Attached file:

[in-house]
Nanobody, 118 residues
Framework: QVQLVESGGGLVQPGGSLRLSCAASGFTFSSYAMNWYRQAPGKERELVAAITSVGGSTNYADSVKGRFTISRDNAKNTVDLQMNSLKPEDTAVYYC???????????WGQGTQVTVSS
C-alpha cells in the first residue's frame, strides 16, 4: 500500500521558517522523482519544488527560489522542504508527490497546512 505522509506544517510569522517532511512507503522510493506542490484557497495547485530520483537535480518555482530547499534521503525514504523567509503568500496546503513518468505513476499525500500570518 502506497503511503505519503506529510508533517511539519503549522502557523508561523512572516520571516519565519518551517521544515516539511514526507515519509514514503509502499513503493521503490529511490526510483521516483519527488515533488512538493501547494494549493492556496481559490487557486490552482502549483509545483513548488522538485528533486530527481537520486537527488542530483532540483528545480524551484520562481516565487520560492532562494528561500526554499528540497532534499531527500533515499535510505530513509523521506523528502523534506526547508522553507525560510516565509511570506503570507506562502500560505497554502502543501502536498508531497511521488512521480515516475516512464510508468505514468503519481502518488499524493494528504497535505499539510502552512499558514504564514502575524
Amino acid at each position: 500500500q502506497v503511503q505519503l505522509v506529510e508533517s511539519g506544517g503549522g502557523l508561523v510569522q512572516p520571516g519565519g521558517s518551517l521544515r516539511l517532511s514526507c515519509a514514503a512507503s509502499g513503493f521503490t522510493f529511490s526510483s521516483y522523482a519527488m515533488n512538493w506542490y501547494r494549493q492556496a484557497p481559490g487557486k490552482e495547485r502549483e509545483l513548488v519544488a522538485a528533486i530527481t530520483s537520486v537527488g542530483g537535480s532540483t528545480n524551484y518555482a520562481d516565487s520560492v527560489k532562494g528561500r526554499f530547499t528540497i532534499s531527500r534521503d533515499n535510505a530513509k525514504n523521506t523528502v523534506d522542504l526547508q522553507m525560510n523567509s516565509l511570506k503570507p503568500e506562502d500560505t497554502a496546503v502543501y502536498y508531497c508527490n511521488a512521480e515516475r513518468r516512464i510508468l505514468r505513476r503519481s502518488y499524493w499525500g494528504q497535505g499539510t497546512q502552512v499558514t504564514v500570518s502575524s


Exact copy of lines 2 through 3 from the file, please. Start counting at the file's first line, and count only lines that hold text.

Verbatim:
Nanobody, 118 residues
Framework: QVQLVESGGGLVQPGGSLRLSCAASGFTFSSYAMNWYRQAPGKERELVAAITSVGGSTNYADSVKGRFTISRDNAKNTVDLQMNSLKPEDTAVYYC???????????WGQGTQVTVSS